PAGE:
Hirayama’s Disease is a spinal muscular atrophy centered on the lower cervical and upper thoracic level which results in upper limb muscle wasting (amyotrophy). The presentation is chronic and occurs in adolescent young men with the condition being more common in Asia.
The condition is caused by
- Excessive anterior movement of the cervical cord on flexion.
- Resulting in compression of the cord against the posterior vertebral margin with resultant anterior ischaemia and atrophy of the anterior cord.
- DURA: The dura is fixed at the foramen magnum and C1/2 and inferiorly at the coccyx. In between the dura is suspended in the canal and held in place by the spinal roots and fine connective tissue thickenings (Hoffman’s Ligaments) in the epidural space.
- FLEXION: With flexion there is stretching of the posterior dura but no significant movement.
- DURA: It is thought that in Hirayama’s Disease, dura does not grow in length to the same degree as the spinal column in adolesence and is taut in the neutral position.
- FLEXION: With flexion there is no ability for the taut dura to stretch, resulting excessive anterior movement of the posterior dura. This displaces the cord anteriorly which repeatedly indents against the vertebral bodies with resultant ischaemia of the anterior cord ( anterior horn cells).
|What to look for on MRI
MRI findings in Hirayama’s disease are
- Increased anterior cord T2 signal at the lower cervical level.
- +/- Anterior cord atrophy at the same level
- Anterior movement of the posterior dura
- Anterior displacement of the cord with flattening/ obliteration of the anterior CSF space
- Widening of the posterior epidural space with enhancement of the epidural fat post contrast.
Image Above: Image Above: Neutral: Increased T2 signal in the anterior cord ( blue arrow) with slight atrophy of the anterior margin of the cord ( pink arrow). The dura ( yellow arrow) is in a normal position. Flexion: Posterior dura has moved anteriorly ( orange arrows) and cord is displaced against the posterior vertebral margin with loss of the anterior CSF ( red arrows). With contrast (not shown) there is intense enhancement of the posterior epidural space in epidural veins.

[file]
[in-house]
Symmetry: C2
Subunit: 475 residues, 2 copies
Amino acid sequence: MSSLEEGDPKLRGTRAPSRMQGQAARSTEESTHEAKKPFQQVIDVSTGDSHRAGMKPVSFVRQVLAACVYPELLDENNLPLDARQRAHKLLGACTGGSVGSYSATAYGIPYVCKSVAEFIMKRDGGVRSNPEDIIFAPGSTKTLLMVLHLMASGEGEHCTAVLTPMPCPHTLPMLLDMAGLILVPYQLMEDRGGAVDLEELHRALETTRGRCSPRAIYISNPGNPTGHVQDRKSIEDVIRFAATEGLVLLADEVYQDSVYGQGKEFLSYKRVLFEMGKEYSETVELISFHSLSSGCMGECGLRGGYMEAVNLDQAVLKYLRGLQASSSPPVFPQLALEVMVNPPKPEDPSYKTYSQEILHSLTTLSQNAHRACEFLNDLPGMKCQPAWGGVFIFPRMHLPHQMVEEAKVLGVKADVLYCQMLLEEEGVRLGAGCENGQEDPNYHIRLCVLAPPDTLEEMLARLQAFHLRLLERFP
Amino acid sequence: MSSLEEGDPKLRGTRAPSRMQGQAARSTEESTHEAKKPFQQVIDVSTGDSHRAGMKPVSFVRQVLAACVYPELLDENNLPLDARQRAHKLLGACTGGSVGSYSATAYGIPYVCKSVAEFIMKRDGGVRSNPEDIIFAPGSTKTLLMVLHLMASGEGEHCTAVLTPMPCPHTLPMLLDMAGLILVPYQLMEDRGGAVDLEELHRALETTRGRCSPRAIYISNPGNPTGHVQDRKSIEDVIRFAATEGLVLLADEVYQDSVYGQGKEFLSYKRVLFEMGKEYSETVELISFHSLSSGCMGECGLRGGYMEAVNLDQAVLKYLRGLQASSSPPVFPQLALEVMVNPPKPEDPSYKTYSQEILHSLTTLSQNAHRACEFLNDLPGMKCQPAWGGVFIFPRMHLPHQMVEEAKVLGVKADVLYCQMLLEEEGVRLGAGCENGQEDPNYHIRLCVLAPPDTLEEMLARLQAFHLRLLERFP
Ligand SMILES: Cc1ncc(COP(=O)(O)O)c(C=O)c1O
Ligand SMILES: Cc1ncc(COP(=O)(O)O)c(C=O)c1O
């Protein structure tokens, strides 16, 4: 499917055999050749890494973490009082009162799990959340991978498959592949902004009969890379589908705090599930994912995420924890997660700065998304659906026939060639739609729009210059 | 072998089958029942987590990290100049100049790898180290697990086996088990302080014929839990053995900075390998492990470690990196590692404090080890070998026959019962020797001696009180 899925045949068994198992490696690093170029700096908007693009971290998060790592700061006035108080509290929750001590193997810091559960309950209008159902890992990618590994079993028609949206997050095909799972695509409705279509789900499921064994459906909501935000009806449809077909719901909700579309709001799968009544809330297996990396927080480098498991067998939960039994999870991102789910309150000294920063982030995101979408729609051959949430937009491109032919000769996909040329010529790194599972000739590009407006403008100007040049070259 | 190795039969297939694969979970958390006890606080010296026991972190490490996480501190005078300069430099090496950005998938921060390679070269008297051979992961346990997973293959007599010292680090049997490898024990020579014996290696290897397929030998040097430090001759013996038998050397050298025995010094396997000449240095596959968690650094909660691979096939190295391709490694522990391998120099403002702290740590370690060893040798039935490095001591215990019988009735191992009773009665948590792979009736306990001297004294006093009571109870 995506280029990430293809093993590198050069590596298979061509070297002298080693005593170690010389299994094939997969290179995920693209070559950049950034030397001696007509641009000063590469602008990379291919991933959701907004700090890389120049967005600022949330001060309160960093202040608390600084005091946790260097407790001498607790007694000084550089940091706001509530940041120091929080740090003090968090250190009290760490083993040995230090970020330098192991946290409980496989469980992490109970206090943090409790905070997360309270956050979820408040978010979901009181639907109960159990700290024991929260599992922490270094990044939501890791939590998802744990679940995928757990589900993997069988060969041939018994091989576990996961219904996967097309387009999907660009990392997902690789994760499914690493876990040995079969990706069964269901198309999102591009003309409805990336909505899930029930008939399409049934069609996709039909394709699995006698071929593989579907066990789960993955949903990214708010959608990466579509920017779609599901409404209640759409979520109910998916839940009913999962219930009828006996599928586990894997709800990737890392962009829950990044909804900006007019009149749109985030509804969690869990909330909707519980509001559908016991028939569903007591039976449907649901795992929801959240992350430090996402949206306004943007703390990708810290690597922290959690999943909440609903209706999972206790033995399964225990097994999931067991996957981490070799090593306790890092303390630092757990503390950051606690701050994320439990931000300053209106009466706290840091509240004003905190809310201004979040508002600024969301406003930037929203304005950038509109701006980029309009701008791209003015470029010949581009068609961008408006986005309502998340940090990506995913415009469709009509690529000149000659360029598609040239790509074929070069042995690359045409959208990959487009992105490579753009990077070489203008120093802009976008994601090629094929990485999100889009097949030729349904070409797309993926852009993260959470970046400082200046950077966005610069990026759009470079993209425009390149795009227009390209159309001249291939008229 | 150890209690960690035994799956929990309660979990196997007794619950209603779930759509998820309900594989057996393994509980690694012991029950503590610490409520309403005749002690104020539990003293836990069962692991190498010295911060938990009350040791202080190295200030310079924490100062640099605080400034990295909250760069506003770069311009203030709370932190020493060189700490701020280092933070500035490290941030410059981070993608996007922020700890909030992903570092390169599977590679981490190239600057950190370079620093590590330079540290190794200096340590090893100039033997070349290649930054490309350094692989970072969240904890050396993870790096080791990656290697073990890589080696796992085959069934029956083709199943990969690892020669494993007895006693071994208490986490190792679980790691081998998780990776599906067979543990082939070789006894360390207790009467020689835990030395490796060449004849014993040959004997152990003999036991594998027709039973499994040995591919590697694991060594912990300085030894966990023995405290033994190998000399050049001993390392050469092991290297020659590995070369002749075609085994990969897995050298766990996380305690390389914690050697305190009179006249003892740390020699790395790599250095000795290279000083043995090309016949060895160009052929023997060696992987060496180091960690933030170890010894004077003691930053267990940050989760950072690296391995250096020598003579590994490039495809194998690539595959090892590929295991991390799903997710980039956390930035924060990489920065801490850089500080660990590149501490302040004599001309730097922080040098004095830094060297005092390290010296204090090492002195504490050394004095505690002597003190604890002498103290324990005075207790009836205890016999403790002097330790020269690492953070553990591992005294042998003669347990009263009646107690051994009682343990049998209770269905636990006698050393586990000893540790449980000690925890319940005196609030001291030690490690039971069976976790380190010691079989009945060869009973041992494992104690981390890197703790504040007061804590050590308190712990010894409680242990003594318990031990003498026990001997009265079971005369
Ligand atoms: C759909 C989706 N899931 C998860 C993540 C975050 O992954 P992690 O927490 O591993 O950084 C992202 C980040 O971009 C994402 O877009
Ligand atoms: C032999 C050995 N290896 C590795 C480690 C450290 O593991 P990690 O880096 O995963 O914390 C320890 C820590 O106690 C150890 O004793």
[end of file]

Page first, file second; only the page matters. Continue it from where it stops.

WHAT TO LOOK FOR IN A ROUTINE CERVICAL MRI:
As flexion views are not routinely performed, how do you suspect Hirayama’s Disease on a routine Cervical MRI and then bring the patient back to do flexion scans?
- Appropriate clinical information of asymmetric upper limb muscle weakness in an adolescent/ young male together with…
- Increased cord signal +/- anterior cord atrophy at the lower cervical level with no apparent cause such as a disc or osteophyte.
|Jakhere S, Wagh V. Hirayama’s disease: The importance of flexion magnetic resonance imaging. J Postgrad Med 2011;57:48-50
Monali Raval et al Indian Journal of Radiology and Imaging / November 2010 / Vol 20 / Issue 4
V.T. Lehman et al Cervical Spine MRImaging Findings of Patients with Hirayama Disease in North America: A Multisite Study AJNR Am J Neuroradiol 34:451–56 Feb 2013
Kimmell et al Spinal dural attachments to the vertebral column: An anatomic report and review of the literature Surg Neurol Int. 2011; 2: 97.